They were on vacation, but they didn't seem to focus on the islands they visited, the food or the cruise itself. The main question was how to serve Hashem best...
by Rabbi Lazer Brody
The word “nachas” in Yiddish is actually another pronunciation of a Hebrew word, “nachat”, that means “pleasure or satisfaction.” When used in Yiddish, however, it has the additional connotation of the pride, the good feeling one has when viewing the accomplishment or behavior of a loved one. It is used to refer to the feeling one has when seeing a child’s or grandchild’s report card, the feeling experienced when hearing a word of Torah from a son or son-in-law, the thrill of experiencing the birth of a child or a grandchild or a great grandchild. We usually limit our use of the word to that experienced by people upon seeing the behaviors or accomplishments of other individuals. I would like to suggest that it is a feeling that Hashem “experiences” as well when viewing the behaviors of His children.
What has brought this to mind for me is a recent trip my wife and I took with 2 other couples who are related to each other by the marriage of their children and who are both very close and dear friends of ours. The 6 of us went on a cruise from Haifa for 5 nights. Throughout the trip there were minyanim (public prayer quorums) for shachrit, minchah and maariv. In of itself that aspect was wonderful. However, the entire situation was raised to a much higher level. It turns out that both of the husbands we were with are Kohanim and the question arose as to what should be done regarding the daily blessing given by the Kohanim to those in attendance at the minyan. What led to the question is the difference in customs between Sephardim (those of Mediterranean, Jewish ancestry) and Ashkenazim (those primarily of Eastern European Jewish ancestry): Kohanim (those of the priestly class) of Sephardic descent bless the congregation daily whether in Israel or not while those of Ashkenazic descent only bless the congregation when in Israel.
We had little success in resolving the issue. The only answer we got before we left was that even if we were outside of Israel and the minyan was Sephardi, then the Ashkenazic Kohanim should join the Sephardi Kohanim since a majority of those on the ship were Sephardim and we should follow that custom. The person in charge of minyanim on the ship decided that because of this issue there would be 2 minyanim, one Ashkenaz and one Sephard and then each could follow their custom. Well despite what seemed like a Solomonic resolution to the problem the issue for the Ashkenazim continued throughout the course of the cruise.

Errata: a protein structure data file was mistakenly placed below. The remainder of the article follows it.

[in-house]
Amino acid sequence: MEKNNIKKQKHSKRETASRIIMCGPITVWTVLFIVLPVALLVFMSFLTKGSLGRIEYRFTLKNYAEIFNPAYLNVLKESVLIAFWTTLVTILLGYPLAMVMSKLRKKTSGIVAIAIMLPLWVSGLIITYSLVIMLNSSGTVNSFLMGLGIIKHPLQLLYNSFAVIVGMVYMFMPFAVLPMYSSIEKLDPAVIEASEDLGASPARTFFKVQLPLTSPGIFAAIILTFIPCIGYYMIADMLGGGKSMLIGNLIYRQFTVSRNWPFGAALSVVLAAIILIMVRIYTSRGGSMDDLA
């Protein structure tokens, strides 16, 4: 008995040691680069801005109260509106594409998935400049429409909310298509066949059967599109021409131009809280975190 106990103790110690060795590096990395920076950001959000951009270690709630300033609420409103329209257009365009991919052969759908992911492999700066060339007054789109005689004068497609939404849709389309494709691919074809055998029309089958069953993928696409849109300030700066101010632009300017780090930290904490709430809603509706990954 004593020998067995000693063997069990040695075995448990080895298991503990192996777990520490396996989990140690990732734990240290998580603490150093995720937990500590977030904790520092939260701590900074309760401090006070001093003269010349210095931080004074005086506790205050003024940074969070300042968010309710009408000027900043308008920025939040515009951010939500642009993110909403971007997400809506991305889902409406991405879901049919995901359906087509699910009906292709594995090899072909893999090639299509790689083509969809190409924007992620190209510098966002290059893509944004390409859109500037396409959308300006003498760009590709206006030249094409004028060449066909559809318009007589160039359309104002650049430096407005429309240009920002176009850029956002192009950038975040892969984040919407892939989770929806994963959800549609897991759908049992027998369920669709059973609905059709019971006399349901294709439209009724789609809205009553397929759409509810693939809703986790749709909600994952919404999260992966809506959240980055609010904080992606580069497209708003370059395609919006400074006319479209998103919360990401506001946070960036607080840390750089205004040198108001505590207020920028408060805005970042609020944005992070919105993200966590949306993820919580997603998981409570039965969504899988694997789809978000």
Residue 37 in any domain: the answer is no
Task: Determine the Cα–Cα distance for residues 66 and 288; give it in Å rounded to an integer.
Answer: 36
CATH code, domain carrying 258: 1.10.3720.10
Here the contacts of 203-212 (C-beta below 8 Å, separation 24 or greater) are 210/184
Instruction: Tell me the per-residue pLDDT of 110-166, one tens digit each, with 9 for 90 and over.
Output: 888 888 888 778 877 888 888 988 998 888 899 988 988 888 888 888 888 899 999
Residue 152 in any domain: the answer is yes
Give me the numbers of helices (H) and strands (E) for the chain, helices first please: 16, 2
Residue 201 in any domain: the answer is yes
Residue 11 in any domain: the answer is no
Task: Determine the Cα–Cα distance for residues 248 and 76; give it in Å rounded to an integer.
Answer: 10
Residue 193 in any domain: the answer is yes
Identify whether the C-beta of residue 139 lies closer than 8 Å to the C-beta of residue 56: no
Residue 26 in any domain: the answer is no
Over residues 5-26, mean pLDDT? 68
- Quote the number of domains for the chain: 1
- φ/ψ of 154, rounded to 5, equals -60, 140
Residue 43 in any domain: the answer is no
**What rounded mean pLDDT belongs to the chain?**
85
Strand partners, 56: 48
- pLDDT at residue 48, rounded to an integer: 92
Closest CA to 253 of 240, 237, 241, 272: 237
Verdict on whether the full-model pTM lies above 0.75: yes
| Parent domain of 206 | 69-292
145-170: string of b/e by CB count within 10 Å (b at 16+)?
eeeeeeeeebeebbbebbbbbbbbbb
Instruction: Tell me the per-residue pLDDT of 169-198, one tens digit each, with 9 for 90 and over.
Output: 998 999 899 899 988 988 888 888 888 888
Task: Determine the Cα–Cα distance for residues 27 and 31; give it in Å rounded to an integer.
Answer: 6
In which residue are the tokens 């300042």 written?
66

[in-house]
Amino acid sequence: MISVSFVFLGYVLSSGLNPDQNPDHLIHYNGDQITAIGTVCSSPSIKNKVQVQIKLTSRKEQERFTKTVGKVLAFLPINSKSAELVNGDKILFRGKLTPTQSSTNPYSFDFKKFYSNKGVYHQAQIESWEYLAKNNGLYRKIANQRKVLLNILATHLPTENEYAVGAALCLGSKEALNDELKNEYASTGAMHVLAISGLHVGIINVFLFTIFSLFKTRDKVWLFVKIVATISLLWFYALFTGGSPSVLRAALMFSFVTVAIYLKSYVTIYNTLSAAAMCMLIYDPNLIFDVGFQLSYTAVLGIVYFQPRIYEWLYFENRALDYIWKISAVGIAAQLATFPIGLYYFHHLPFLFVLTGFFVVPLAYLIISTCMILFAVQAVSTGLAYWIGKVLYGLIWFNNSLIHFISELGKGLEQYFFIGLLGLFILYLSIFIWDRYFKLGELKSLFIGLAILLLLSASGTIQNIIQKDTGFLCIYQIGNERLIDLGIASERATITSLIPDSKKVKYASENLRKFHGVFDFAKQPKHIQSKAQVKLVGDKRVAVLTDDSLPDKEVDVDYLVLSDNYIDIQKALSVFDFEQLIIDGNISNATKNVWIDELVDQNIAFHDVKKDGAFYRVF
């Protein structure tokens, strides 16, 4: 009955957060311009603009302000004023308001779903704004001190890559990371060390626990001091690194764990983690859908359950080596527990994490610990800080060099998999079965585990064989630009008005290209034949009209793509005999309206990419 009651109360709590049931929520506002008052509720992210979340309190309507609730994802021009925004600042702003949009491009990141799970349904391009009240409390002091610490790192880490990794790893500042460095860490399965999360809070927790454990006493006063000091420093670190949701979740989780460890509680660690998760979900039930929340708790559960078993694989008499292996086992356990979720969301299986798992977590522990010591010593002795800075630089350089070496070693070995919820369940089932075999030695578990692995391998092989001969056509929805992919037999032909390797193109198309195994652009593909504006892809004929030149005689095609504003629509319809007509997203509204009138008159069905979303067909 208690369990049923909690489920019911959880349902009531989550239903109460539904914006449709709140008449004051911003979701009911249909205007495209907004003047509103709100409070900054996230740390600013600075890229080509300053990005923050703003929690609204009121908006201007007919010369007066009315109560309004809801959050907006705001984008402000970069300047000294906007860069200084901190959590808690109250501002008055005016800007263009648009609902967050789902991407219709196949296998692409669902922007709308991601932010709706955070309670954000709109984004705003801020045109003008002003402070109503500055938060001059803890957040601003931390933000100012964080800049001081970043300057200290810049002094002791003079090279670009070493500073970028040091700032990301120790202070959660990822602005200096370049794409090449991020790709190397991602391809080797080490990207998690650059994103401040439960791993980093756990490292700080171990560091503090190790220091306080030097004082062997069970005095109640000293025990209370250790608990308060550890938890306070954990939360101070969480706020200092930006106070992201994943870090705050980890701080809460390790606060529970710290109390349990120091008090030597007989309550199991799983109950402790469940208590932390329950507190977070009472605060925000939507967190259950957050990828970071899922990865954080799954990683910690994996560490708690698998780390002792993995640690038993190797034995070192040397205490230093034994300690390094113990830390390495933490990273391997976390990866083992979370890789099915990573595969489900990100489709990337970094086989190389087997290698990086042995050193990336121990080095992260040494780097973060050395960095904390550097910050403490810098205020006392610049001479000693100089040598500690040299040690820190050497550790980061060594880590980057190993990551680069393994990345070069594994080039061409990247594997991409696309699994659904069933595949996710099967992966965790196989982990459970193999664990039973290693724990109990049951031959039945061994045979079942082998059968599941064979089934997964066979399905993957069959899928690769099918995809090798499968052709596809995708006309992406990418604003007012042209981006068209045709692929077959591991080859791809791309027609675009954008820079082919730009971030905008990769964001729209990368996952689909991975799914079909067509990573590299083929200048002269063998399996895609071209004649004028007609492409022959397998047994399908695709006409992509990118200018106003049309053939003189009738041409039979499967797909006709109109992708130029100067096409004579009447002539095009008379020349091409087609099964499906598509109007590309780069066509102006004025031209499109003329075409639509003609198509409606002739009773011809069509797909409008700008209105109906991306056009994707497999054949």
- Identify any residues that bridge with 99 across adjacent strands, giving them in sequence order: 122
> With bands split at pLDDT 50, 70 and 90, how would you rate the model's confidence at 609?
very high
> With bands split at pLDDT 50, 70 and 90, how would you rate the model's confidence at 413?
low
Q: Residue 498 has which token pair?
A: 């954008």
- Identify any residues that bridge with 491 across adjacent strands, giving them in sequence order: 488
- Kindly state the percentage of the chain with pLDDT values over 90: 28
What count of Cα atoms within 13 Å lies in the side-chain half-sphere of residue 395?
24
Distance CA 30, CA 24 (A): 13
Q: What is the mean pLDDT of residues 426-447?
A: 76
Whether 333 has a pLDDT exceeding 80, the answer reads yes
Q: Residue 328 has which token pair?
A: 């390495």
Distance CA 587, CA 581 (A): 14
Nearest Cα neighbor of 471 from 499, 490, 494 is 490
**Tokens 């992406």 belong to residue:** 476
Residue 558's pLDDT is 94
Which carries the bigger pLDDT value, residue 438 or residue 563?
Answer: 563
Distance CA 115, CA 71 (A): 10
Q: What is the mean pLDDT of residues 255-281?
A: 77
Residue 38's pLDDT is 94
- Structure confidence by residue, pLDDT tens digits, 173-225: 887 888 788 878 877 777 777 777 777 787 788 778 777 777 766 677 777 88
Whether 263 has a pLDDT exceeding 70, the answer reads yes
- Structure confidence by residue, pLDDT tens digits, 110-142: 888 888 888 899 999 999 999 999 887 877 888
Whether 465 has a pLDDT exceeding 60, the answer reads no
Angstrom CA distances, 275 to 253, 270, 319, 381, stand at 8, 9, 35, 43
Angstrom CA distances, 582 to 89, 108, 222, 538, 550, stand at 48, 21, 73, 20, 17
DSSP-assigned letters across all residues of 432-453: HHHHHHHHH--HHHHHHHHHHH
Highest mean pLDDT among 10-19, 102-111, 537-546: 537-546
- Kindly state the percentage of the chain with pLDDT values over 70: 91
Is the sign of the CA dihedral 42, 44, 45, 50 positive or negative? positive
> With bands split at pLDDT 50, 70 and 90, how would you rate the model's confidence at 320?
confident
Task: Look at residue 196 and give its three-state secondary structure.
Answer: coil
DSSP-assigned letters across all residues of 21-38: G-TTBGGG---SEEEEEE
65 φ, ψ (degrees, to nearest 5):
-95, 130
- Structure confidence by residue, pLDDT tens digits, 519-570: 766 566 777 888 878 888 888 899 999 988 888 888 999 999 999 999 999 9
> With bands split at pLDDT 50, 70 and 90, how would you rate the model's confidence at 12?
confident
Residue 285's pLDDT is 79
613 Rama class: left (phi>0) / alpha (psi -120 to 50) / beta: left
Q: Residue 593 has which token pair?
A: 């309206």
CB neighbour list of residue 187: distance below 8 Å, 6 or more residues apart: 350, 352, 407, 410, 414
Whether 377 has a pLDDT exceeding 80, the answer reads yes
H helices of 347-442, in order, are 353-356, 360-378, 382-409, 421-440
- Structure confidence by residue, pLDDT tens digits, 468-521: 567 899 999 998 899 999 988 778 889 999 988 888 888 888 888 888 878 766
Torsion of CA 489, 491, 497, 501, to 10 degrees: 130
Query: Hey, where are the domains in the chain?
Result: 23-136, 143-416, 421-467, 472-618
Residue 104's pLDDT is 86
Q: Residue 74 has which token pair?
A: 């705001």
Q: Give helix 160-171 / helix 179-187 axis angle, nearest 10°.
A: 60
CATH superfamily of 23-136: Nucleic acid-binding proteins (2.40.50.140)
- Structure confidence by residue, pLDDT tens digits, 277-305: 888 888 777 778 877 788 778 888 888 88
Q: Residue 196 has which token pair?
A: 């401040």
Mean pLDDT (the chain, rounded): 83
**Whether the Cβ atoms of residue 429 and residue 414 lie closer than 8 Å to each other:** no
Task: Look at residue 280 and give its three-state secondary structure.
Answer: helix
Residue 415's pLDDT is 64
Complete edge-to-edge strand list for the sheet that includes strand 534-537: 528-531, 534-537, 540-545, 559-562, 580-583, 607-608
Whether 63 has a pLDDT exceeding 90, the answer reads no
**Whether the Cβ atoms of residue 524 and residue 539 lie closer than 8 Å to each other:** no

Additionally, there became an issue as to which way to face when praying. If the Ark of the Torah faced away from Jerusalem should the leader of the service pray facing the Ark or facing Jerusalem? That too became a focus of an intense conversation.
The resolution of the questions is not important and if you need to have a decision please consult your local Rabbinic authority. The point of these vignettes is not the halachic questions. The point of these stories is nachat. Here it is that hundreds of Jews are at sea, on vacation and the focal point of their attention is not the food, not the tourist attractions, not the destinations. Rather the focus of these individuals is how we best serve Hashem. It is that focus, that emphasis, that concern that must bring Hashem nachat. The pleasure of seeing his beloved children engaged in debate that has no self-serving component at all, that has as its sole issue, how best to serve G-d, can only be a source of pride that a parent (G-d) feels upon the accomplishment and behavior of a beloved child. May we all be blessed to be a source of pride to our Heavenly Father and may all of our conflicts revolve solely around our efforts and hopes to serve H-m as H-e would want us to do so.
Rabbi Lazer Brody was born in Washington, D.C. in 1949. After receiving his bachelor's degree in agriculture from the University of Maryland in 1970, he moved to Israel and joined the Israel Defense Forces regular army, and served in one of the elite special-forces units. He is a decorated combat veteran of two wars and numerous of counter-insurgence and anti-terrorist missions on both sides of Israel's borders.
Rabbi Brody is the English-language editor of Breslev Israel's highly popular English-language website at www.breslev.co.il, and the founder and director of Emuna Outreach. Between Breslov Israel and Emuna Outreach, he devotes his time to spreading emuna and particularly the teachings of Rebbe Nachman of Breslev around the globe.
"Lazer Beams," Rabbi Brody's award-winning daily web journal, has been instrumental in helping tens of thousands of people around the globe find joy and fulfillment in their lives.